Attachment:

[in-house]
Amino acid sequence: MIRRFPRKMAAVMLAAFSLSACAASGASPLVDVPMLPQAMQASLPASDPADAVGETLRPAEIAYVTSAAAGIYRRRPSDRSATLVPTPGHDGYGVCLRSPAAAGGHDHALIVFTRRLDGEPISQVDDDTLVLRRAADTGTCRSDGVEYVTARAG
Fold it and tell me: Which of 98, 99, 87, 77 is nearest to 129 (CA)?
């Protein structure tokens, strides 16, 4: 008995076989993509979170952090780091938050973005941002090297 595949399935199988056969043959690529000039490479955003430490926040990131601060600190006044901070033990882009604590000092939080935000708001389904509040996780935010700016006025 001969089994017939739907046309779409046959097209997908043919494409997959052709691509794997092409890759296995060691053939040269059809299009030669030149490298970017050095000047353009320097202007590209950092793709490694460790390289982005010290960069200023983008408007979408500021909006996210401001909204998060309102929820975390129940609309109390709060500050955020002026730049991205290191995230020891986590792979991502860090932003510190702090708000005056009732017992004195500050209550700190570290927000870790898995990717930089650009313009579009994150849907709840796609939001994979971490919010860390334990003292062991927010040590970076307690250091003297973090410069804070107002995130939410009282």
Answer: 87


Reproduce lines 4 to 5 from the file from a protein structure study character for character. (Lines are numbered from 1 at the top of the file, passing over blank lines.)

């Protein structure tokens, strides 16, 4: 008995076989993509979170952090780091938050973005941002090297 595949399935199988056969043959690529000039490479955003430490926040990131601060600190006044901070033990882009604590000092939080935000708001389904509040996780935010700016006025 001969089994017939739907046309779409046959097209997908043919494409997959052709691509794997092409890759296995060691053939040269059809299009030669030149490298970017050095000047353009320097202007590209950092793709490694460790390289982005010290960069200023983008408007979408500021909006996210401001909204998060309102929820975390129940609309109390709060500050955020002026730049991205290191995230020891986590792979991502860090932003510190702090708000005056009732017992004195500050209550700190570290927000870790898995990717930089650009313009579009994150849907709840796609939001994979971490919010860390334990003292062991927010040590970076307690250091003297973090410069804070107002995130939410009282």
Answer: 87